House Speaker John Boehner, R-Ohio, says it’s inconceivable President Obama did not know about the Internal Revenue Service decision to arbitrarily discriminate against conservative, tea-party and Christian organizations with invasive and probably illegal delays and questioning.

“It just doesn’t pass the straight-face test,” he said on a recent “Good Morning America” appearance. “How could – how can your chief of staff – your general counsel know, and you not know?”

The suggestion comes even as the IRS scandal that horrified the nation and already has brought a series of legal cases against the federal agency was being overshadowed by another scandal, the revelations of Obama’s spying on American citizens and their telephone and Internet records.

But Boehner insisted Congress will hold the IRS accountable.

“Our committees are going to do their job,” Boehner said. “Under the Constitution, we’re required to provide oversight in the executive branch.”

While the Washington Post noted that one of the officials in the division that targeted non-profit organizations, Holly Paz, has been replaced, others still need to be held accountable.

Lois Lerner, another official in that division, remains on full pay on leave while still another, Steven Miller, stepped down.

Writer Jason Stverak at Forbes put it bluntly.

“Through either gross incompetence or political malfeasance, Lois Lerner, the IRS director of tax exempt groups, allowed her department to target groups that didn’t agree with the Obama administration,” he wrote. “Among the litany of questions that remain, one of the most glaring is, ‘Why hasn’t Lois Lerner been fired yet?'”

In a commentary, Dr. James Dobson, founder of FamilyTalk, explained how his organization was targeted by the IRS.

“The arrogant power grab is leading us down a path toward a nanny state,” he said. “We don’t believe the government should have the power to control our speech, our religious liberties and now our health care. No wonder they also want to control our guns.”

NBC News reported, meanwhile, that the IRS scandal has prompted “intra-agency finger-pointing between the IRS central office and its much-maligned Cincinnati satellite.”

The report said accusations have spilled into Congress, where lawmakers are focusing on selected portions of the testimony of IRS staffers to try to sort out what happened.

National Review said it’s become clear hat the scandal encompasses much more than “a few rogue agents” in Cincinnati.

“Employees in the Cincinnati office made clear to members of the House Oversight Committee that they received direction from the Exempt Organizations Technical Unit in Washington,” the report said.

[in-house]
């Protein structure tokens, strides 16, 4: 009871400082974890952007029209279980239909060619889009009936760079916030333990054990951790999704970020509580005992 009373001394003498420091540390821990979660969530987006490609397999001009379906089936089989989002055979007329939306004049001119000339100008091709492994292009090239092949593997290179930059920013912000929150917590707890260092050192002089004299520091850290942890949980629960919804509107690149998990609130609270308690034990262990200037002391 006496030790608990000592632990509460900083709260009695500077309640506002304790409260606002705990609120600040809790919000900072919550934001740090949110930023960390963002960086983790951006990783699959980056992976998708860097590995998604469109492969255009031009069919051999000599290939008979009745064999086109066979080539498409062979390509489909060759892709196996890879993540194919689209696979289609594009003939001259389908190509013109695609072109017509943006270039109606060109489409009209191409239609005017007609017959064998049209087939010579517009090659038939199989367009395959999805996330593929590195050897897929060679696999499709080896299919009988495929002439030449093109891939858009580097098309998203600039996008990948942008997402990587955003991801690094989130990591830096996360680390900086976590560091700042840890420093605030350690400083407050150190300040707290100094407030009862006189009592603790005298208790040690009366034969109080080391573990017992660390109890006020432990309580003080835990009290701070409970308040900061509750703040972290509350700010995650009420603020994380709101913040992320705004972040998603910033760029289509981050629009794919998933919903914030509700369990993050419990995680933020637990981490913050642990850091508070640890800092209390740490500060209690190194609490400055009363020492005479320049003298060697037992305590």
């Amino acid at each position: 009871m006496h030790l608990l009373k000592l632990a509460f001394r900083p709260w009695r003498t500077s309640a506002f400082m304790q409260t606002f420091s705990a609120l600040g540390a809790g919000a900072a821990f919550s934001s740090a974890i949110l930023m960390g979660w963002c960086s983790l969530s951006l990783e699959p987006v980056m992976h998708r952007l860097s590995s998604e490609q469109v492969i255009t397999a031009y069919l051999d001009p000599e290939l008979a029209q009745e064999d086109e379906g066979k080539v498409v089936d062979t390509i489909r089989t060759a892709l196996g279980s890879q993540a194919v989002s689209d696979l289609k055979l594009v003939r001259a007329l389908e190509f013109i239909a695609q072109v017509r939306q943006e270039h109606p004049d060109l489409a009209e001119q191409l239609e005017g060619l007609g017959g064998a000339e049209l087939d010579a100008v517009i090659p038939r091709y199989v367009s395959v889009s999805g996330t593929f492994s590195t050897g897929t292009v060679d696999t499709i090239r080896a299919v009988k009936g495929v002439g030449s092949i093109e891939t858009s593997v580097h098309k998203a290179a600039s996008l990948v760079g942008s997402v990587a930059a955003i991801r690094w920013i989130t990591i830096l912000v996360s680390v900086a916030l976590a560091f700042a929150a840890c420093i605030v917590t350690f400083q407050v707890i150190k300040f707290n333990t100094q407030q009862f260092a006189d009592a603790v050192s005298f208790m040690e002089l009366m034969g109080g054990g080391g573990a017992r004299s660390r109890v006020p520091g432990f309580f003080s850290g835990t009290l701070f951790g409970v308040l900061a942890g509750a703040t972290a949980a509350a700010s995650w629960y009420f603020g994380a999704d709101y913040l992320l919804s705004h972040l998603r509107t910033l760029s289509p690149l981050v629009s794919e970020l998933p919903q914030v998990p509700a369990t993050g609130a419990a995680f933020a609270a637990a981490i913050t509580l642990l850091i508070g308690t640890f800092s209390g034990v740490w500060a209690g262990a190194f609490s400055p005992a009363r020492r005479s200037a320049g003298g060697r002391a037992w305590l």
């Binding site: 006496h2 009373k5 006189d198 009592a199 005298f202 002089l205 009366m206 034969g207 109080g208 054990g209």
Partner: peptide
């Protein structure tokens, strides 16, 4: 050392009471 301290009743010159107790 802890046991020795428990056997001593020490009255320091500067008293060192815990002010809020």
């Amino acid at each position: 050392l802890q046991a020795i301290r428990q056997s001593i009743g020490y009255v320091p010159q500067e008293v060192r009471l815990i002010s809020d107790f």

Secondly, there is evidence the targeting of conservative groups continued even after it was revealed, the report said.

Jay Sekulow of the American Center for Law and Justice charged that “without question, the IRS misconduct of harassing and abusing our clients was still in high gear from May 2012 through May of this year.”

The National Review report said it was a myth that liberal groups also were targeted, arguing groups with words like “Progress” or “Progressive'”in their names were quickly approved.

There also is strong evidence that politics was a factor, the report said.

“Douglas Shulman, who was IRS commissioner when most of the targeting occurred, is a Democratic donor, and he is married to [a] liberal activist with ties to the Occupy Wall Street movement. IRS employees donated twice as much money to President Obama s they did to Mitt Romney in 2012, and nearly 30 times as much to Obama over his 2008 challenger John McCain,” the report said.

The report said the insistence of House Oversight Committee ranking member Rep. Elijah Cummings, D-Ga., that the scandal is over is unfounded.

Cummings claims an anonymous IRS manager who labeled himself a “conservative Republican” said he was the one who started the targeting of the groups, meaning it wasn’t politically motivated.

“Based upon everything I’ve seen, the case is solved. If it were me, I would wrap this case up and move on,” Cummings said.

Majority Republicans in the House disagreed.

“The American people know instinctively that there is a serious problem at the Internal Revenue Service and that this is the moment to resolve the issue – not sweep it under the rug,” said Rep. James Lankford, R-Okla.


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